When agriculture leaps the high hurdle of negative public opinion regarding transgenic crops, the peanut industry hopes to offer new products with improved health benefits and production advantages.
“We’re way behind other commodities in genetic modification,” said Alan Orloff, Clint Williams Company, Madill, Okla., during a seed trade meeting prior to the recent Oklahoma Peanut Expo in Lone Wolf, Okla.
“But we have the advantage of better technology today,” Orloff said. “That will help us catch up.”
He said scientists now know how to change a plant without adding genes. “They can alter characteristics by turning a gene off, which may reduce consumer reluctance to try GMO products. If we can start with a ‘nothing added’ product we can avoid objections some have of putting animal genes into plants. Unfortunately, some paranoia is still there.”
Orloff said the industry “doesn’t want Roundup Ready peanuts. But the possibility of developing a peanut without potential for peanut allergy is exciting,” he said.
Shelley Nutt, Texas Peanut Producers Board, said potential to increase the amount of folic acid in peanuts also holds promises for an even healthier product. Our challenge is to develop consumer acceptance,” she said.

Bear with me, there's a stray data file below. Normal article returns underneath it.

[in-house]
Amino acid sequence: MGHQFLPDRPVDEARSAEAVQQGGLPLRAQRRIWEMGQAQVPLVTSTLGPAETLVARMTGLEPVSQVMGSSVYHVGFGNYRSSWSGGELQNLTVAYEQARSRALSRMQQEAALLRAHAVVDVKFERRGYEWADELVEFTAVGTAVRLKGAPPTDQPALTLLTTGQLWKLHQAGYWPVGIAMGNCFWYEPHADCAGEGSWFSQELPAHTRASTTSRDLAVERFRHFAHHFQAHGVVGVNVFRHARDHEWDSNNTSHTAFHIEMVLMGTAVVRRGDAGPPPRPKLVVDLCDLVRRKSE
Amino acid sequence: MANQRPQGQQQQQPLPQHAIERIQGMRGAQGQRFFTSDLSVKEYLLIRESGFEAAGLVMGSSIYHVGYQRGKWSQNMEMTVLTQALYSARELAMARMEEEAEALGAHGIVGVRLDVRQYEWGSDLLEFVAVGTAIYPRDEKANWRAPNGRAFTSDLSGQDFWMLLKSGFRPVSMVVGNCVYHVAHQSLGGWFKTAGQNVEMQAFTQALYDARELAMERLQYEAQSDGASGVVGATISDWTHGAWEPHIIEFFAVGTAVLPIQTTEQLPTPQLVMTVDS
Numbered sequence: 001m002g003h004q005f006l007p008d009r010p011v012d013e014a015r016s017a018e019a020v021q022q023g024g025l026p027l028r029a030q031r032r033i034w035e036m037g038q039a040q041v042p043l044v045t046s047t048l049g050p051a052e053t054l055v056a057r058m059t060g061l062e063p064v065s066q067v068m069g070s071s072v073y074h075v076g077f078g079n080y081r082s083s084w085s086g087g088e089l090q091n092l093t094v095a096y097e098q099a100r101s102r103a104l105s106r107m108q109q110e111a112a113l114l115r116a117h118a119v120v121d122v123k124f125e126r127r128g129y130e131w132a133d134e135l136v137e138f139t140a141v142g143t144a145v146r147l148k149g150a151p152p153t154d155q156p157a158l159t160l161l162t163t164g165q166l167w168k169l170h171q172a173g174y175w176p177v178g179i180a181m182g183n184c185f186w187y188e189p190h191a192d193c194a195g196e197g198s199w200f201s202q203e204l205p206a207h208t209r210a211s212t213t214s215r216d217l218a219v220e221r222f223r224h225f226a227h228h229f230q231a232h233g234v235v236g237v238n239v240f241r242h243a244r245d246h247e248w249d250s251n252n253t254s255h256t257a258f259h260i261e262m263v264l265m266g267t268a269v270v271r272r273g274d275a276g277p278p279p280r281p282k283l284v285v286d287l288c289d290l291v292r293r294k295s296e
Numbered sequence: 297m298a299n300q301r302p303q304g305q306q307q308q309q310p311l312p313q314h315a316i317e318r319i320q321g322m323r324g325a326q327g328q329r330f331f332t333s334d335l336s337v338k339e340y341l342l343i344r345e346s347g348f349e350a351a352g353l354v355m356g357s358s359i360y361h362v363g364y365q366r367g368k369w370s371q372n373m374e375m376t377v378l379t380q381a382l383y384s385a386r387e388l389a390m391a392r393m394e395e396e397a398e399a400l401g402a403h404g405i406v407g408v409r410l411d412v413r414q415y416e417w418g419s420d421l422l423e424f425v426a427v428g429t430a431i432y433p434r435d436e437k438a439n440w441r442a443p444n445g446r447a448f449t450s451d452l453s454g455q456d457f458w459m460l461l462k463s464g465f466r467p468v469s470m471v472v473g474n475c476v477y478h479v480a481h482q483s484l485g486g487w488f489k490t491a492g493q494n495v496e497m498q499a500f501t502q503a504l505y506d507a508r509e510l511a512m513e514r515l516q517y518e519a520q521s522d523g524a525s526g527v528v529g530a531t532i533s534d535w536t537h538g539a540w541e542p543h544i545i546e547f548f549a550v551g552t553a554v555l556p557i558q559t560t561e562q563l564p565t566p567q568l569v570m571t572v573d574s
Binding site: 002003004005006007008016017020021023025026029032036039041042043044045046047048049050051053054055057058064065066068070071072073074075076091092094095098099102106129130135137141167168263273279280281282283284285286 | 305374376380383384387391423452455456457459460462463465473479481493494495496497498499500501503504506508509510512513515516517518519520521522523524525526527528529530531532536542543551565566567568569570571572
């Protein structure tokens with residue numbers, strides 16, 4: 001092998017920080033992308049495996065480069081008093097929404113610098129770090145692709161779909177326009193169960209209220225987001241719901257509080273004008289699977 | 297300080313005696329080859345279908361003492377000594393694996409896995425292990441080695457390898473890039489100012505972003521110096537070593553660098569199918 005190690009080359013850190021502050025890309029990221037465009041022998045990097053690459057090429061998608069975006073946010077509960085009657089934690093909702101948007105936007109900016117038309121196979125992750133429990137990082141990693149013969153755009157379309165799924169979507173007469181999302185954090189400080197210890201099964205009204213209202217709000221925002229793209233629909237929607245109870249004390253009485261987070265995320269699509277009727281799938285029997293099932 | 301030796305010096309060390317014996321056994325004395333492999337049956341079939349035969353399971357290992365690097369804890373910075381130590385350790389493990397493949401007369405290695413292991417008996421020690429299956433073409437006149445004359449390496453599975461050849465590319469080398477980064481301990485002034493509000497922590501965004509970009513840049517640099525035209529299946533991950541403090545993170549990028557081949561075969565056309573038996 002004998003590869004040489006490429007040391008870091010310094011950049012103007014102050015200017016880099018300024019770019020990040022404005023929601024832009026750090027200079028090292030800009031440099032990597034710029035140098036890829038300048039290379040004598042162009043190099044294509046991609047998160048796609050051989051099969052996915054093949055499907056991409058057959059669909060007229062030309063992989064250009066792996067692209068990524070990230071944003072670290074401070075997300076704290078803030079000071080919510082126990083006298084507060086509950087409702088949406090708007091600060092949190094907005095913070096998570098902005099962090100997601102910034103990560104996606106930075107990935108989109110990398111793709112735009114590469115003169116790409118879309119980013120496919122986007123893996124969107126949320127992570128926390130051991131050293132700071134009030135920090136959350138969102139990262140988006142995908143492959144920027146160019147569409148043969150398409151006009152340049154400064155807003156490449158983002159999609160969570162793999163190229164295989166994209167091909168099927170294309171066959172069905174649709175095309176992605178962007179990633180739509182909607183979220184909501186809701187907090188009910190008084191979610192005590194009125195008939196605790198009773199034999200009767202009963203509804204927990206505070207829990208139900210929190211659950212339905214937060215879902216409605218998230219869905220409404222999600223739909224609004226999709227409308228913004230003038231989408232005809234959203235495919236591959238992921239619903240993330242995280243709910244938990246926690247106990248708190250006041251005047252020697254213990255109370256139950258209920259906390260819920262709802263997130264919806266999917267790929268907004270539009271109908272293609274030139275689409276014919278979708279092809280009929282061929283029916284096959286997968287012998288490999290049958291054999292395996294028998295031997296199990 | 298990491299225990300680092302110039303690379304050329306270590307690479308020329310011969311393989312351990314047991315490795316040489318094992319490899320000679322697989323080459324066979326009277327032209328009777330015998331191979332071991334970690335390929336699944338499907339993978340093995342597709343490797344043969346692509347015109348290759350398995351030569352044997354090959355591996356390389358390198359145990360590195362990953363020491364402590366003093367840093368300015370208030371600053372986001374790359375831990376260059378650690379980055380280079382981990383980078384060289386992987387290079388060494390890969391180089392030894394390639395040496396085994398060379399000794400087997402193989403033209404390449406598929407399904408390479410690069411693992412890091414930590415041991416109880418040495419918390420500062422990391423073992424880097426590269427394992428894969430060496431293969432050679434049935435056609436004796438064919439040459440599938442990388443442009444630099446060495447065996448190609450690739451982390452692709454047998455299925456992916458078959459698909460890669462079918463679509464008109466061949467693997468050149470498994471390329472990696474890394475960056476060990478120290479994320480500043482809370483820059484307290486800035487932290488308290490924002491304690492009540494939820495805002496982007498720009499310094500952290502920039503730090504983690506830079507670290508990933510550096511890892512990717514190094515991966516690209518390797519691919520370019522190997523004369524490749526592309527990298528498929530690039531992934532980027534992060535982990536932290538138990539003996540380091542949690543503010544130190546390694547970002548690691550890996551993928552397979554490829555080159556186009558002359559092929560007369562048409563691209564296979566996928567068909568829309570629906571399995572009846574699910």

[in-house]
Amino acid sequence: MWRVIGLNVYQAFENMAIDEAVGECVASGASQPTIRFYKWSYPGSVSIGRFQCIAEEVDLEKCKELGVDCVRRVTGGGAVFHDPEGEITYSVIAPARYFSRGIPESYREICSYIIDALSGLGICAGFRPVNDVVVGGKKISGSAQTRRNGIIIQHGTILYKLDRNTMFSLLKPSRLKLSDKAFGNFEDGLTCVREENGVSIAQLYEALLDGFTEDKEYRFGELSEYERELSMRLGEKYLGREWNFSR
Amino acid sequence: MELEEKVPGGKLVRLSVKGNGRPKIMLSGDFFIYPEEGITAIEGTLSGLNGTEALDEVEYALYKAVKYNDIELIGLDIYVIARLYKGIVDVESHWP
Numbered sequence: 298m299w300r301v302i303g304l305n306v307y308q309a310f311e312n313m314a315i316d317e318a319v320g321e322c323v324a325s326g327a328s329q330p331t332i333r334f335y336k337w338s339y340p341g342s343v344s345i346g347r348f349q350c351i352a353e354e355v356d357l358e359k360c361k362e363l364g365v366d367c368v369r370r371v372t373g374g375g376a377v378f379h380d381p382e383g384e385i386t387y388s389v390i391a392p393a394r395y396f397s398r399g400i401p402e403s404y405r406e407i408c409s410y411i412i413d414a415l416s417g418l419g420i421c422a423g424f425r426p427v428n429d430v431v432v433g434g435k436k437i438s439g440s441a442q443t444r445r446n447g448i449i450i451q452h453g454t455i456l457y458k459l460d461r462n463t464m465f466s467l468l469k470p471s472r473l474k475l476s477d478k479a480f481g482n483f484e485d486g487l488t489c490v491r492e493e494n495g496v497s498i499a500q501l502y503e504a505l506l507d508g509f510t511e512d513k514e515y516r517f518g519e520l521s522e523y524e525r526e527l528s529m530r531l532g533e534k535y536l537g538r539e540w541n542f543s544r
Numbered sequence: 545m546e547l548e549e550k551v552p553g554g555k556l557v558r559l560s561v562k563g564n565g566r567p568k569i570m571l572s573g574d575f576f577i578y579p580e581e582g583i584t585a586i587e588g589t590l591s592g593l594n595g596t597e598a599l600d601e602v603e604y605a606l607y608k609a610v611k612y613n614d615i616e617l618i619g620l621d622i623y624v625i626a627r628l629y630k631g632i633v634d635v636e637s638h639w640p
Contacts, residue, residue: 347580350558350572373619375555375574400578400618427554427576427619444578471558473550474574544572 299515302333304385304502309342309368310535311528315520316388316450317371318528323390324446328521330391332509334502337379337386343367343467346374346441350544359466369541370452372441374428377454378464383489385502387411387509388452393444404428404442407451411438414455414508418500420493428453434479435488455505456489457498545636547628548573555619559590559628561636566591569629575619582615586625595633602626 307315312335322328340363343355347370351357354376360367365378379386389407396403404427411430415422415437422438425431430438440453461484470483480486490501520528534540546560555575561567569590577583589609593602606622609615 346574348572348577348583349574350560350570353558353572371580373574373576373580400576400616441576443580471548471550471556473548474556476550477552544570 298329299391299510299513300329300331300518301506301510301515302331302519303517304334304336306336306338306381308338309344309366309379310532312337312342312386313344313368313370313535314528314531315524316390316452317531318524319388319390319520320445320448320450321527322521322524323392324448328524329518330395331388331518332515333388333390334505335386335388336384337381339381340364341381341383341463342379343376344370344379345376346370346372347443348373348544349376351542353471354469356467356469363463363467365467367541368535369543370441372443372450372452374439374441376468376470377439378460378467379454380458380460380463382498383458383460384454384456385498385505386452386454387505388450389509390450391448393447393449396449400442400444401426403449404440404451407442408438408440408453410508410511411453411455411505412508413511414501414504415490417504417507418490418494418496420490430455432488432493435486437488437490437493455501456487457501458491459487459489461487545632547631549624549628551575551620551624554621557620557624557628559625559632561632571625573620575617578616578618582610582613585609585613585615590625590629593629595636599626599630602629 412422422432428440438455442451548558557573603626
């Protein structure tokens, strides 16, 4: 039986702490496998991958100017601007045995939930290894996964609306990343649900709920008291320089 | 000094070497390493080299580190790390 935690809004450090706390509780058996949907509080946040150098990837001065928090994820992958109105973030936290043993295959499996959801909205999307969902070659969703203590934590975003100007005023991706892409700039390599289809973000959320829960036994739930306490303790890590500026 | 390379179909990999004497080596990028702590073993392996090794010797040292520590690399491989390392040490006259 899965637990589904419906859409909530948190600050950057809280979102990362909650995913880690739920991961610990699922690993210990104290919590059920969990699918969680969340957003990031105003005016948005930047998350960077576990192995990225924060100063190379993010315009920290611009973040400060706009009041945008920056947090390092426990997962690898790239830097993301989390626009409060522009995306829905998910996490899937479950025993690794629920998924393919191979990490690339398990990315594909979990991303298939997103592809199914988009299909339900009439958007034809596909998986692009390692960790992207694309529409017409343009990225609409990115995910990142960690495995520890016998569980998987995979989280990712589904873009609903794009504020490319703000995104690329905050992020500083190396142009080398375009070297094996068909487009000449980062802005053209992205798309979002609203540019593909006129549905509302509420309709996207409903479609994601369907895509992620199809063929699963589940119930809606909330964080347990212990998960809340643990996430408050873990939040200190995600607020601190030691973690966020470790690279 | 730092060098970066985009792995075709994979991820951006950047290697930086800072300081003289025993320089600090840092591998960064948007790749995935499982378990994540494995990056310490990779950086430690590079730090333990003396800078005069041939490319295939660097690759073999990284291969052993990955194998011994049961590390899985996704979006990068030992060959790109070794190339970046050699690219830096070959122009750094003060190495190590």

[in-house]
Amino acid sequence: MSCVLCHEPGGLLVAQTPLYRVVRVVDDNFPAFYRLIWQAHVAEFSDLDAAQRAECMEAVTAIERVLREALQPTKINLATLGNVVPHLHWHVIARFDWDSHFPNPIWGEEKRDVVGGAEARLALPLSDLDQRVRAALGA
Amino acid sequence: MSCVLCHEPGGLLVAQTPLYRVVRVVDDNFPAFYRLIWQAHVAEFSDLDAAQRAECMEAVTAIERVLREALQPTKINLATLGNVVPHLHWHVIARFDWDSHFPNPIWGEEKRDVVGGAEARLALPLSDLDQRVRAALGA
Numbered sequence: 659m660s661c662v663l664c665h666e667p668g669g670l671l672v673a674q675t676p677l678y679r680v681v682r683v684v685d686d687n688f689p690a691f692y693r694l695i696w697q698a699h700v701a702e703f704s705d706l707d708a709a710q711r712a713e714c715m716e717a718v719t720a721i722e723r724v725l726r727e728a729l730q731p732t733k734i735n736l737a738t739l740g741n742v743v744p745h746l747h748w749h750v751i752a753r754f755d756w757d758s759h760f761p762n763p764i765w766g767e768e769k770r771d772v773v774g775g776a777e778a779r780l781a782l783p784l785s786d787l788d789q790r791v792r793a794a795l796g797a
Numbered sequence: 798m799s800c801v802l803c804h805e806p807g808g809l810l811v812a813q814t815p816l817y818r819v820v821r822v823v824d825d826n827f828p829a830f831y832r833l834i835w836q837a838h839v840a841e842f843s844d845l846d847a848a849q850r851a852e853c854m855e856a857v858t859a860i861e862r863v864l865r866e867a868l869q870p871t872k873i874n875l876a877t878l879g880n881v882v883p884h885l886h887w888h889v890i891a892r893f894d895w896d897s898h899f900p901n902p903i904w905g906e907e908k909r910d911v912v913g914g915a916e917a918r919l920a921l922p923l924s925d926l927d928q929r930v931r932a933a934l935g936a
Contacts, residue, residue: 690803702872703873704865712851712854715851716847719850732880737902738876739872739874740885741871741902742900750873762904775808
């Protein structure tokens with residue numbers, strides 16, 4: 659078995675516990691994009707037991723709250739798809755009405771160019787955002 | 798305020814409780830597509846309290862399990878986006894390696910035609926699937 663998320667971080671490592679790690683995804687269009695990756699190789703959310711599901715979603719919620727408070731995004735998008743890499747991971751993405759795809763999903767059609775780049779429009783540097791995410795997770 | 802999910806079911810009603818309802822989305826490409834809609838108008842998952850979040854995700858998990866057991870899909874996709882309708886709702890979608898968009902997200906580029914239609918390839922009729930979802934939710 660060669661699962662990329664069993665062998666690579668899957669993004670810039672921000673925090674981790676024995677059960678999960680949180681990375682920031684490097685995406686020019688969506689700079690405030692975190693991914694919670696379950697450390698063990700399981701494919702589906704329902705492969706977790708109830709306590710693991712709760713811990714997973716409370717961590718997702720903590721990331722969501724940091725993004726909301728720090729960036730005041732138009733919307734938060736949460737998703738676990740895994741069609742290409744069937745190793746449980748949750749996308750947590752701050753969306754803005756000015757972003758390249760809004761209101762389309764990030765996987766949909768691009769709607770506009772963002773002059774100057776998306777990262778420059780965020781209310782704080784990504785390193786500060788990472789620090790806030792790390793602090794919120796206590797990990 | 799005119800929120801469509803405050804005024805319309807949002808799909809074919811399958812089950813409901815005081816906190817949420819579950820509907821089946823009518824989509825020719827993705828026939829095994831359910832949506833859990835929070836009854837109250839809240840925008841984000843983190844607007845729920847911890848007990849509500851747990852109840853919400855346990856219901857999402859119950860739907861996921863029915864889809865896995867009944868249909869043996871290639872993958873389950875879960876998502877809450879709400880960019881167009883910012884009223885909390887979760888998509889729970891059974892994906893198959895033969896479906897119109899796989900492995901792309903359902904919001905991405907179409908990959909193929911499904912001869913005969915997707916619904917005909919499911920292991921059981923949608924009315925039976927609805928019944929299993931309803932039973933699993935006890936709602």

“Oklahoma State University has been working on GMO peanut lines with sclerotinia resistance,” said USDA-ARS Peanut Breeder Kelley Chenault. “We have three or four lines that are outstanding,” she said.
Those lines have genes from rice and alfalfa. “We need more screening and testing, but the resistance is there,” Chenault said.
She worked on transgenic peanuts for eight years, including six years of field testing. “But the overall consensus was that GMO peanut research was not going anywhere,” she said. “The seed is in cold storage and we’ve done limited crosses to get the high oleic trait into them. We’ll need to do more screening and testing.”
She said work at Virginia Tech on GMO peanuts and sclerotinia resistance is using “a different gene.”
She said continuing the effort will require more research funds. “We’ll probably need $1 million to go through the hurdles necessary to release a variety. But we’re ready to proceed.” She said developing a transgenic peanut variety just to the first stage, before screening and testing, takes two to three years. “This is very long-term research.”
She said a big challenge will be consumer acceptance. “If there is no market for the product there will be no money for research.”
“Perception is the key,” Orloff said. “We can change that in Europe but not overnight.”
Chenault said potential for turning off the gene associated with peanut allergies comes with its own set of challenges. “That could change the seed,” she said. “It could alter oil composition, flavor and other characteristics. We have to learn how to preserve the traits without keeping the allergen.”